I think I have a couple of them lying around from my ecs bleeder block. PM me and I can probably mail one to you.
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I hear what you are saying bigdave. This is the first time I've cracked the cap on the reservoir. Fluid appears to be clear up top, but anything is possible I guess. I've taken a look at doing more extensive flush. I think a couple pages back somebody described a reverse bleed that seemed to work in a circular fashion. I am hoping to keep it isolated to the clutch line right now as I suspect the block was leaking at the factory or dealer and somebody used the bleeder to inject some kind of stop leak. I bought the car with under 50 miles. I’ve also read that some manufacturers use a silicon based lube during assembly. Maybe that’s the culprit.
I may have to try this. Sounds like it's easy to do by yourself. One question, when you are priming the line from the brake caliper, do you just leave the bleeder screw on the caliper partially open between pedal pumps? Doesn't this suck air into the caliper?So I stopped reading around May 2016 and I must say that the methods for bleeding the clutch line described there-in is tedious and more involving.
I'll share my method of bleeding any clutch on any car and it's as simple as a length of clear hose and two zip ties.
Start by removing the wheel closest to the clutch slave and cracking the bleed valve on the brake caliper.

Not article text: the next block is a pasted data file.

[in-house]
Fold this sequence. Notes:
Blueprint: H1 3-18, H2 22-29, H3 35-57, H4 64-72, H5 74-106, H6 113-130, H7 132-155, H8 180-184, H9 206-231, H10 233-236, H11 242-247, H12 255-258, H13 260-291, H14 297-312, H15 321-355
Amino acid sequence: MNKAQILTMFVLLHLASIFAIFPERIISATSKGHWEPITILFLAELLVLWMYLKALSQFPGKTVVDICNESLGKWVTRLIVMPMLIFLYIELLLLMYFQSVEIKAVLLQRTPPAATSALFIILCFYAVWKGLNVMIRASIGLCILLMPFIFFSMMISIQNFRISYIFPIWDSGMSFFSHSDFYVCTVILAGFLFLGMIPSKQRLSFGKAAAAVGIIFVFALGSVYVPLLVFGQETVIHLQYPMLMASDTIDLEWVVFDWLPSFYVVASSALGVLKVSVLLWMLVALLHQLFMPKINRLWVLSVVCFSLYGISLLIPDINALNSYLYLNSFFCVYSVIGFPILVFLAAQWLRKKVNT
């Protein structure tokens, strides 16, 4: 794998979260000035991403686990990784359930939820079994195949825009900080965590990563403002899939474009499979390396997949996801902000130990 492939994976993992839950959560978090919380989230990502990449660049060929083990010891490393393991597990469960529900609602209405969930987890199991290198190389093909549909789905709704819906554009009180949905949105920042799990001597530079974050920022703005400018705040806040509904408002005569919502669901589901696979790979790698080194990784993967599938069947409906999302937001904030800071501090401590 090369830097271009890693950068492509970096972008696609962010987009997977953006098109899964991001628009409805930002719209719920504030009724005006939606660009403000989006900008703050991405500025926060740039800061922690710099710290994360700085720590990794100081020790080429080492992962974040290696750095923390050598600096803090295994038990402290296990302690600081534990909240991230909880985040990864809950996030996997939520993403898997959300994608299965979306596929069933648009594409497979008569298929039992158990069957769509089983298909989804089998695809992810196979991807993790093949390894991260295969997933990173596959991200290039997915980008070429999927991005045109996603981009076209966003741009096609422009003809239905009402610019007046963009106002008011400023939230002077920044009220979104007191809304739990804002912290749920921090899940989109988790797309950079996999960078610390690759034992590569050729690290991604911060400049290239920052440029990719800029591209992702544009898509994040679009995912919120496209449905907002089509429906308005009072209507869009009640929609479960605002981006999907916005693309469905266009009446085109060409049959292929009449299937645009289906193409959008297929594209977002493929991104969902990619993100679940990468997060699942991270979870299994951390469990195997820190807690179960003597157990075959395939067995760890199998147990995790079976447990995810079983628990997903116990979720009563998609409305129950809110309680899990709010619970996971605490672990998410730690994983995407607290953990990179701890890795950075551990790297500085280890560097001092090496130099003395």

Remove the fluid reservoir cap and attach the clear tubing to the valve, securing it with a zip tie.
Prime the tubing by pumping your brake pedal a few times until the air is displaced. You can then crack the valve on the clutch slave or bleed block and attach the primed tubing and secure with a zip tie.
Top off the fluid reservoir and return to the cabin. By pumping the brake pedal nice and slow about 15-20 times, this closed loop, reverse bleeding, is sure to force any air trapped in the system into the reservoir where it can escape into the atmosphere.
Making sure to avoid the clutch pedal until the valves are closed will make the job simple and headache free. Remember brake fluid is corrosive and will destroy most things unless cleaned ASAP.
Good luck and happy modding!!
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I may have to try this. Sounds like it's easy to do by yourself. One question, when you are priming the line from the brake caliper, do you just leave the bleeder screw on the caliper partially open between pedal pumps? Doesn't this suck air into the caliper?
Thanks for the input. I tried something different since I wasn't entirely sure about the brake "assist" method. I just bought about 5ft of a clear tube and after I removed the bleeder restrictor and re-assembled the hydraulic line I just simply attached the clear tube to the bleeder valve, opened the valve a bit and gently sucked on the other end of the clear tube so that the fluid maybe came up 5-6 inches into the tube. By holding holding the suction I was able to see the bubbles make their way through the fluid in the clear tube and I stopped my sucking once the bubbles were not coming out but more clear fluid continued to come out when I continued sucking. At that point, I just closed the bleeder valve and removed the tube with a bit of fluid in it and I was done. I didn't touch the clutch pedal in any of this process until I was completely done. I pumped it up a few times and the feel was immediately exactly the same as it was before I even started. Started the car and everything worked great.Not OP, but no. The fluid is forced out of the valve into the line, and any vacuum is going to suck fluid into the system instead of air. It's similar to bleeding the system with a jar and primed hose